Community and Song on the Front Porch in Haiti

By UUA International Resources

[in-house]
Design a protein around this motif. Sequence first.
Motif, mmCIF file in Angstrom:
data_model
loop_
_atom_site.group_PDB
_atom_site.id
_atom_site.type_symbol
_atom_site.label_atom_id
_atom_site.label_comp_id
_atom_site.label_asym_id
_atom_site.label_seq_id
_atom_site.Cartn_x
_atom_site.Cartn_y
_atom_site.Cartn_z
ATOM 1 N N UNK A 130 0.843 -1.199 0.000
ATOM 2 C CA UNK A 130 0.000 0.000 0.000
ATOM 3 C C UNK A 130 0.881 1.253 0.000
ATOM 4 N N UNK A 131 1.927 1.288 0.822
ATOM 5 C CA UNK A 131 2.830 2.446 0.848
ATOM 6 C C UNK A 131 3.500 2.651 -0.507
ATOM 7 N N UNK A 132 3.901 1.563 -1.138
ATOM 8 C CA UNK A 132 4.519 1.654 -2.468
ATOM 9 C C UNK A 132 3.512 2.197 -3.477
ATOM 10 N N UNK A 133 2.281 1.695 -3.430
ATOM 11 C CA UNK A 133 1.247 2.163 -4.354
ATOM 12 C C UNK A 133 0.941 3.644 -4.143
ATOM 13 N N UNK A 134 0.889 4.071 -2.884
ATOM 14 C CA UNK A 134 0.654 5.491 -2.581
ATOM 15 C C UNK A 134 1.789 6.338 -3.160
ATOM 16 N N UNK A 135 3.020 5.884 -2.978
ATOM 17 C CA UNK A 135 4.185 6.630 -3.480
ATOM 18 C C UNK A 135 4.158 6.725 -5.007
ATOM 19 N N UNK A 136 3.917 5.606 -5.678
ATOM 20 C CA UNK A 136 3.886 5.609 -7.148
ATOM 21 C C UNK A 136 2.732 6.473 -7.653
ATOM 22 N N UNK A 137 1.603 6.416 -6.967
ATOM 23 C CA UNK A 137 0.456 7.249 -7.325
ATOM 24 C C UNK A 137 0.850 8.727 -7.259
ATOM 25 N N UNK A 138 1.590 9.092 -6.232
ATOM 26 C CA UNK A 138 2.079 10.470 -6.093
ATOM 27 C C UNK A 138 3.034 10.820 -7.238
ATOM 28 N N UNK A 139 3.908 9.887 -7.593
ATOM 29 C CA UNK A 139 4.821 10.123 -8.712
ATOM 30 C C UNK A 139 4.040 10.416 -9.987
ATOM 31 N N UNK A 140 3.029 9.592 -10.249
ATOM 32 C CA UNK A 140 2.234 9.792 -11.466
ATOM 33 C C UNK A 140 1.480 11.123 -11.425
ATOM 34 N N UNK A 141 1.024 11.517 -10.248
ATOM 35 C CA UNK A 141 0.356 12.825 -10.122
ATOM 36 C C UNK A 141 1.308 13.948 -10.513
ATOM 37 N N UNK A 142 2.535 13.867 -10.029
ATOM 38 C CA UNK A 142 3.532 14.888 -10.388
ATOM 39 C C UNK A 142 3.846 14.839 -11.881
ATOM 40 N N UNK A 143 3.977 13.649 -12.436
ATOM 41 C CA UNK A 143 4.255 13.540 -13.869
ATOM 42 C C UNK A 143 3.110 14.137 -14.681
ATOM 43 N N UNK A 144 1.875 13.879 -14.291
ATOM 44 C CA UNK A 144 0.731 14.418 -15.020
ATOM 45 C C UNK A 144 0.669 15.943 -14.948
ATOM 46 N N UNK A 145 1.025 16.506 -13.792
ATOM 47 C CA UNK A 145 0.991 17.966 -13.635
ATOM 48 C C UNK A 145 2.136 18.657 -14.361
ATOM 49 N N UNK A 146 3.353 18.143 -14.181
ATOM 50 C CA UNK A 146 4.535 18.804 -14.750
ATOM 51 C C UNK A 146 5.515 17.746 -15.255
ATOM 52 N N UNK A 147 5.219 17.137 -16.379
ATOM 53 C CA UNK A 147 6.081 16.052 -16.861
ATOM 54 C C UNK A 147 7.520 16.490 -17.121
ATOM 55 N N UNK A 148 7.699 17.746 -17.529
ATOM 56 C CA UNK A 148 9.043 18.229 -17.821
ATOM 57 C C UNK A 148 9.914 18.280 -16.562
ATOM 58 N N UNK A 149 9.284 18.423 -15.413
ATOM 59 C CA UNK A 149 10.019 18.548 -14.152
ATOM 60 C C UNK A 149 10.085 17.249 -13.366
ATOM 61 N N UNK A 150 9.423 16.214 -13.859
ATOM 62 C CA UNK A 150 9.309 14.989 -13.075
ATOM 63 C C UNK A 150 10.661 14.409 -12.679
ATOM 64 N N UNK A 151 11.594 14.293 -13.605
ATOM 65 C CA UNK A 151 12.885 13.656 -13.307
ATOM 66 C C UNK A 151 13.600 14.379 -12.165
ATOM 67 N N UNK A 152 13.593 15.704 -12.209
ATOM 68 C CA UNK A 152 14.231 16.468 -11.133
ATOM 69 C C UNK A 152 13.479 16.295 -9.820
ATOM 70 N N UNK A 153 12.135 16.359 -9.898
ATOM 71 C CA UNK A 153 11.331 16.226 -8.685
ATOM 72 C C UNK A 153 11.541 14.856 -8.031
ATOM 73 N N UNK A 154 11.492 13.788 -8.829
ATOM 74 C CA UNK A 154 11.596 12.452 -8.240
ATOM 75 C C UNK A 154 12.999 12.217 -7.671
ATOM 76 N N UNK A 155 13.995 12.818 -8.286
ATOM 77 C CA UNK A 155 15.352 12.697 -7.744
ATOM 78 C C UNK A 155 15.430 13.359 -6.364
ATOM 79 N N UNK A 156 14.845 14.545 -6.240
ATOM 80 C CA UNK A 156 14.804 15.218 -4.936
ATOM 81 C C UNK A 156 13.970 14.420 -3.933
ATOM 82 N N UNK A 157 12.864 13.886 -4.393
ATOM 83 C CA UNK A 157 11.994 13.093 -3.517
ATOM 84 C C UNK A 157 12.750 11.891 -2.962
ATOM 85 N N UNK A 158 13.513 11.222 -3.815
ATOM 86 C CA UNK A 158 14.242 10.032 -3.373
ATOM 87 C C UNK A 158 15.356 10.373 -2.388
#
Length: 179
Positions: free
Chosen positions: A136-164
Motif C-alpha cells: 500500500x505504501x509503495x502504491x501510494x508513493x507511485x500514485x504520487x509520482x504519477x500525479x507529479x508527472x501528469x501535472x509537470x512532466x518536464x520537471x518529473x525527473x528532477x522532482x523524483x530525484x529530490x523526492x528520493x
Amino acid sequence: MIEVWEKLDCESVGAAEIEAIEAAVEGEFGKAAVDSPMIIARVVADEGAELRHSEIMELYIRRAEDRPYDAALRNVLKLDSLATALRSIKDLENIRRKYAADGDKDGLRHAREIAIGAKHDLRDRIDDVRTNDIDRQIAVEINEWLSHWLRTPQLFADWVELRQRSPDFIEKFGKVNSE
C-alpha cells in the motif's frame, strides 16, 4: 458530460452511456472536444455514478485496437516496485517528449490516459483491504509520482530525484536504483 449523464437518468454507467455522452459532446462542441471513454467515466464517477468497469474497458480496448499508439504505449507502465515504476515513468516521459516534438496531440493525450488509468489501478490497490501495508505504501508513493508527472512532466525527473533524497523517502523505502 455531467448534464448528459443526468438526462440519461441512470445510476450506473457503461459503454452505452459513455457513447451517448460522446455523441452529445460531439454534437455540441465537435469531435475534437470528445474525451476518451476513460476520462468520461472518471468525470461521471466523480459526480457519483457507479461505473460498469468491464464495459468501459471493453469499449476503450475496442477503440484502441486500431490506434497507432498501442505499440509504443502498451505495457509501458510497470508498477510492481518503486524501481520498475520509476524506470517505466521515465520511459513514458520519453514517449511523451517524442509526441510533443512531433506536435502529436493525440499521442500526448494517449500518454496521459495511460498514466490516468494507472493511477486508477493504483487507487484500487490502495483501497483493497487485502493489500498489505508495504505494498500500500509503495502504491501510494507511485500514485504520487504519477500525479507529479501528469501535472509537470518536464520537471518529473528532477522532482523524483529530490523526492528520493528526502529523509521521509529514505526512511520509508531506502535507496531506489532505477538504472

UUSC is partnering with the Unitarian Universalist Association (UUA) on a joint volunteer trip to Haiti, March 10-17. In the post below, trip participant Linda Kim Duncan tells the story of a delightful song-filled evening of connection with people of the Papaye Peasant Movement (MPP). The UUA-UUSC Haiti Volunteer Program is made possible through the contributions of UUA and UUSC donors and a generous grant from the Veatch Program of the UU Congregation at Shelter Rock, in Manhasset, N.Y. What a kick. We've just finished an impromptu songfest with a group of Haitians who are also staying on this campus. We met them earlier today when their leader showed how they were learning to make and use organic pesticides from old oranges, garlic, onions, oil, and leaves. (It looks gross, but it works and doesn't cost much). That session was serious, and it appeared that these trainees had no clue about why we were remotely interested in them or this process. I think we were a curiosity to most of them and an interruption to their training. Tonight was a romp and the strangeness I observed in the afternoon evaporated. We gathered on the big front porch of the guest house where we are staying. We were there to learn some of the MPP training songs. This is the way in which instruction is given at MPP because of low literacy rates. We were going to get some real "eye-to-eye" training for ourselves tonight. One of MPP's most exuberant trainers (they call them "animators" because they instill enthusiasm in their learners — and do they ever work hard) was attempting to teach us Creole and a tune at the same time. She showed her mettle. She had us singing in lame Creole, decidedly off-key but with gusto. As we practiced one of the most familiar songs over and over (just as they do in the trainings), we saw a small crowd gather in the dim light outside the porch. They were our acquaintances from this afternoon. Were they ever amused — and frankly, they seemed delighted. Then, there they were — up on the porch, clapping, singing along with us, and urging us to greatness. And then they sang for us with such joy and "animation" that we really understood the word. Our group of UUs looked at each other with some desperation (remember we've only known one another for five days) to find a song we could sing together, reaching back to camp experiences so many years ago. We gave them a rousing rendition of "This Little Light of Mine," which had all of us — Haitian and American — on our feet, stomping and clapping. We closed with "'Spirit of Life" (including the signing of the song, which I'm convinced utterly baffled them). We were no longer curiosities — we shared a boisterous connection that left us all laughing.

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